Can you relate to ever wanting to cry “Uncle!” to get out from under a crappy feeling? Perhaps you had a good cry after reading (and re-reading) the “I’m breaking up with you because I’m perfect and you’re not” post-it note that your ex left on your nightstand. Or you visualized your overly-critical boss’s face on the heavy bag that you punched, kicked, elbowed, and grunted at for an hour in boxing class. You probably experienced some temporary relief from the anger, confusion, sadness, or resentment. . . but those feelings came back with a vengeance the next morning. So what gives?
There are two ways to process feelings: recycling or rinsing. We recycle a feeling when we judge or analyze it as we are expressing it. So while we are having that good cry or punching the snot out of that heavy bag, we are simultaneously telling ourselves that we are pathetic or unlovable, feeling sorry for ourselves, and/or repeatedly asking “why me” and searching for some explanation that will free us from the feeling. In short, we go into victim mode and don’t allow ourselves to truly ride out the feeling because we simply want it to go away. But the more we try to suppress a feeling or solve it with our minds, the more it recycles through us again and again.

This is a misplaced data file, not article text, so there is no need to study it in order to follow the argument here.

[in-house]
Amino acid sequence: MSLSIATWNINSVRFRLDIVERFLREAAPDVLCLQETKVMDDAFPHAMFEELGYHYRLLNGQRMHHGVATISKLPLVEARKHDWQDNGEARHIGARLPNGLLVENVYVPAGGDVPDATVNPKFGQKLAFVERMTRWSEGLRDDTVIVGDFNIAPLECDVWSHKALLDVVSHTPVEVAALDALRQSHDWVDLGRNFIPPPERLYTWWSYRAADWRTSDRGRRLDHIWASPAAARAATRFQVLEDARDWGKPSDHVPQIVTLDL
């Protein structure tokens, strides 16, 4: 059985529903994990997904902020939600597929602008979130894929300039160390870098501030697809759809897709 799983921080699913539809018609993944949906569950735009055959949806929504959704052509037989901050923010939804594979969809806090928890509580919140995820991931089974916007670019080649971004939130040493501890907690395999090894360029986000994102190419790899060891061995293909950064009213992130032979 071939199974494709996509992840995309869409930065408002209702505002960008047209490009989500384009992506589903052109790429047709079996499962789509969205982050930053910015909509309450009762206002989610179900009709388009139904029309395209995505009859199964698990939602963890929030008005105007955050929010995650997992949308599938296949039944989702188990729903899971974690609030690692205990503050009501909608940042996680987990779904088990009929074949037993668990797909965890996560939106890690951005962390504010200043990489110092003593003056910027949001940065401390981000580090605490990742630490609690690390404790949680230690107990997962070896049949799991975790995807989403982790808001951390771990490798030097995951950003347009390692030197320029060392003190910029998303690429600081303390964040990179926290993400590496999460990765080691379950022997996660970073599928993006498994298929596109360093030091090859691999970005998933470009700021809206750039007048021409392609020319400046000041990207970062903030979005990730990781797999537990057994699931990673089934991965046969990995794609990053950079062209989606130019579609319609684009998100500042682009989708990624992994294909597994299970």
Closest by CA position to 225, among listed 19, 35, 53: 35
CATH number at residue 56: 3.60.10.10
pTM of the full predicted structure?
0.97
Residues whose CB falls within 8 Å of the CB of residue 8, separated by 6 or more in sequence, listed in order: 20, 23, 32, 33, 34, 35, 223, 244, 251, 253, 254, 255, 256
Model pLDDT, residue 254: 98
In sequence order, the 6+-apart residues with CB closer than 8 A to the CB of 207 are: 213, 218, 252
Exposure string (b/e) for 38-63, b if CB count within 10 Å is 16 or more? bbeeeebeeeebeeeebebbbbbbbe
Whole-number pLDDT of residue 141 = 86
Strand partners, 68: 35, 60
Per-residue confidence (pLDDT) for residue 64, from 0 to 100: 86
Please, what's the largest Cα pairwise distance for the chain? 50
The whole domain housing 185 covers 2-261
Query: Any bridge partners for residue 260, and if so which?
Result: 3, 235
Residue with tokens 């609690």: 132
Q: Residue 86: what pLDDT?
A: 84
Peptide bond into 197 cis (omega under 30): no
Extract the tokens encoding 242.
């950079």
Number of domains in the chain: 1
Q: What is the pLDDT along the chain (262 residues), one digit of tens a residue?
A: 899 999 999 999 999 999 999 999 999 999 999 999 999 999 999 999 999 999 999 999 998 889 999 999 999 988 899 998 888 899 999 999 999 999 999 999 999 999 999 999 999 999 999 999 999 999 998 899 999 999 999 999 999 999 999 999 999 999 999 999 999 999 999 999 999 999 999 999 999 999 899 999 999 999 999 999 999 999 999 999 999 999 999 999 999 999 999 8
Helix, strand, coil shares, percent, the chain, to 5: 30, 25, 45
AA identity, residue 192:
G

Conversely, we rinse a feeling when we allow ourselves to experience it without any judgment, analysis, or desire to get out of it. We just feel instead of thinking about the feeling. Resist the temptation to analyze your feelings or the situation that is triggering them. Most importantly, have compassion for yourself the entire time you are going through it. Forgive yourself and anyone else you may be holding judgment against that triggered the feeling. And instead of asking “why?” ask:
- “what can I learn from this person/situation?”
- “how else can I think about this?”
- “what am I responsible for?”
- “what assumptions am I making?”
So when it comes to recycling, save that for your bottles and cans! And remember that it is often by confronting our toughest obstacles that we find our greatest strengths and possibilities – but sometimes we have to dig deep to find them.